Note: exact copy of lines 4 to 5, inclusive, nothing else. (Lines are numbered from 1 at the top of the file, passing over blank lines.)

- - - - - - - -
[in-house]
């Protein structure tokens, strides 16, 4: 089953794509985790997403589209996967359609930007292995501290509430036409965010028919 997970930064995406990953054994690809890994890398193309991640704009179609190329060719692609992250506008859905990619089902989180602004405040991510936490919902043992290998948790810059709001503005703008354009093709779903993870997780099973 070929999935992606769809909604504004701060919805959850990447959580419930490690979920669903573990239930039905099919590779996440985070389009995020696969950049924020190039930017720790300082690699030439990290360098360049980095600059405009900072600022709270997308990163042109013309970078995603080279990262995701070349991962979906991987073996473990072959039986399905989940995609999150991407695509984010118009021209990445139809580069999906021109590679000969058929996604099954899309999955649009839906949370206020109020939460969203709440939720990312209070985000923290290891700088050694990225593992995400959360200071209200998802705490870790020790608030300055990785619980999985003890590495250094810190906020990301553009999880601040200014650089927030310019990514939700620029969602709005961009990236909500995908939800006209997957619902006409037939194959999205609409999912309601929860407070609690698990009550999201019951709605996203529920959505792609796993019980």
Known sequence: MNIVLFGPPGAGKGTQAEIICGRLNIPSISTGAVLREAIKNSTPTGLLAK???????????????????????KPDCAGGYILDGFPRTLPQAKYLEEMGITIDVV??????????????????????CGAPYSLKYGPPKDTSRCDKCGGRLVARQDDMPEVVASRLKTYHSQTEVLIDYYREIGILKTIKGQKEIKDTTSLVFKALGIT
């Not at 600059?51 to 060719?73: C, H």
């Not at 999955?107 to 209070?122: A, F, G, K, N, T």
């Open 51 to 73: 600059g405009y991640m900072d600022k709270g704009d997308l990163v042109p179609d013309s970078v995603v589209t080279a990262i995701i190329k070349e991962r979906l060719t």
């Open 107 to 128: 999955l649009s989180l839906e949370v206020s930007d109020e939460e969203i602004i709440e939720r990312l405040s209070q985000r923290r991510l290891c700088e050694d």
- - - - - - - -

């Not at 600059?51 to 060719?73: C, H």
């Not at 999955?107 to 209070?122: A, F, G, K, N, T």